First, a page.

"Like air and drinking water, being digital will be noticed only by its absence, not its presence."
— Nicholas Negroponte
"All is flux. Nothing is finished. Nothing is done. This never-ending change is the pivotal axis of the modern world."
— Kevin Kelly
Through the temptation
Through the crowd.
Through the doubt.
Through the loss.
Through the wall.
Through the fire.
To the end.
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The Soft Manifesto
Can you afford to break down any barriers between your work and the audience? (monetary, language, accessibility, etc.)
What can you gain, that is not money, from the work?
Who, that is not you, can gain from the work?
Can you remove yourself from the center of the work?
Does the work consider its impact on our planet?
Does the work consider your politics?
Does the work reflect your understanding of the responsibility of being human?
Have you learned all you can from the work before presenting it as finished?
In what ways have you grown or changed from older work, and are you proud of these changes?
Can you afford to rest?
Often I see people putting on earphones and zoning out, trying to either numb their mind or distract themselves until their body is done running. Of course, I cannot be too critical of this technique, as some runners get into incredible shape this way. Music can be motivating. It can invigorate us, bringing our mind in tune with our body. In this way, music makes a powerful and inspiring tool. At the same time, music can be used as a way of disguising our workout—taking our attention far away from what we are doing. In this case, music becomes a source of distraction. So while at times music can seem helpful, ultimately it challenges our ability to be present and embodied.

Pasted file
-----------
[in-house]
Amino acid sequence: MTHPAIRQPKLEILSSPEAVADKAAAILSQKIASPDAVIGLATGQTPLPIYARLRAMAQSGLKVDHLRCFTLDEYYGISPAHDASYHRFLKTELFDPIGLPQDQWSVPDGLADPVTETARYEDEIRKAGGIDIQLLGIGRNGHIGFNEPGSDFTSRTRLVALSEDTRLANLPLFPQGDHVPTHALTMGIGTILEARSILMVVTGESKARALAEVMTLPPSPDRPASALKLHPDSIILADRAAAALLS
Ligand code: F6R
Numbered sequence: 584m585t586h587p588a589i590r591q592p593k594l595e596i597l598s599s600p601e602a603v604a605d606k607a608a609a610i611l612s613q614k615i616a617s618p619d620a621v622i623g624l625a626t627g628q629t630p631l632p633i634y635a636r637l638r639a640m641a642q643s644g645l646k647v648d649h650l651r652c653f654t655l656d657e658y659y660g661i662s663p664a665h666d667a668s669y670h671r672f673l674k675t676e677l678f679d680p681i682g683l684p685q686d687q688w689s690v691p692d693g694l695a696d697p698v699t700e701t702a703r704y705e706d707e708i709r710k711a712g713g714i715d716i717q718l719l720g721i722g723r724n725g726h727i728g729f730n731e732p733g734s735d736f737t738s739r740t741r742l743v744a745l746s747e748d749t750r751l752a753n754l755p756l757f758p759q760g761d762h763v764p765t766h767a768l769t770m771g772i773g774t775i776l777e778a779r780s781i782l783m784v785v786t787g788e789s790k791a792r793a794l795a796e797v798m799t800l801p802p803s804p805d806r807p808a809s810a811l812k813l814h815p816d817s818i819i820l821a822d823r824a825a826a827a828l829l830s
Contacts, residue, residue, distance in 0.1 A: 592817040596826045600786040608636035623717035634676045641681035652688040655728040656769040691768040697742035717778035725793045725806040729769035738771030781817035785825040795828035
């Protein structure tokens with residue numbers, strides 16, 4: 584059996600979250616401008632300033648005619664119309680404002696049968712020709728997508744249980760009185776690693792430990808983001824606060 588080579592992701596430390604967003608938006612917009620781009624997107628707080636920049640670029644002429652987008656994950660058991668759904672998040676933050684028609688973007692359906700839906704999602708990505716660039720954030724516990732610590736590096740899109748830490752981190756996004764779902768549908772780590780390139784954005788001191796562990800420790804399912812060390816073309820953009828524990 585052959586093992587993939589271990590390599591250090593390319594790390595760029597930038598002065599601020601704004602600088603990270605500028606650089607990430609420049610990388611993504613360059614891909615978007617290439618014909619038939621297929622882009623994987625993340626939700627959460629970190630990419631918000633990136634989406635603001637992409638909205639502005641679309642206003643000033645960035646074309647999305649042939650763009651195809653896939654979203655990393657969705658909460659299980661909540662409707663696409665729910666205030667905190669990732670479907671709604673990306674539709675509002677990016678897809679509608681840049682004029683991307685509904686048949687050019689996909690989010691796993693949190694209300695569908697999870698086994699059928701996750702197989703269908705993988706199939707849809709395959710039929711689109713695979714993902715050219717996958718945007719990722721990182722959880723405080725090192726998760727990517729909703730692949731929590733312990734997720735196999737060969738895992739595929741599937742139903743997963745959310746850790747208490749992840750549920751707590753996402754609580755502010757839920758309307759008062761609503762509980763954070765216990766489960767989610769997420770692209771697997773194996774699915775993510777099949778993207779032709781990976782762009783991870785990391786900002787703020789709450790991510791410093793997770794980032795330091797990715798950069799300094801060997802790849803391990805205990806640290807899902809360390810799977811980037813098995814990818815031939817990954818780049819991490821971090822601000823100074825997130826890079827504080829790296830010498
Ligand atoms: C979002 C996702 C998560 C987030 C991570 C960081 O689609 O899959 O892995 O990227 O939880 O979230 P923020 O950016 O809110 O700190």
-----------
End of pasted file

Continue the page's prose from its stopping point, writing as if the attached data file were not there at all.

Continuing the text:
Sakyong Mipham Rinpoche. “Running With the Mind of Meditation: Lessons for Training Body and Mind.”
"... if I make something that doesn't look like it came from my heart, then I don't want to show it." — Hassan Rahim on New Reader
"It's so funny that the Internet has become a series of traps where you do innocent things like give your name or address or indicate a preference — "I like this thing" — and therefore you open yourself up to a deluge of advertising based on those stated preferences. That's what you're doing, you're signaling who you are as a consumer."
'Minimalism is a perfect fit because it allows for just enough character to make a space interesting but not too much. The rest gets smoothed over into blankness.'
Chayka, Kyle. 'The Longing for Less.'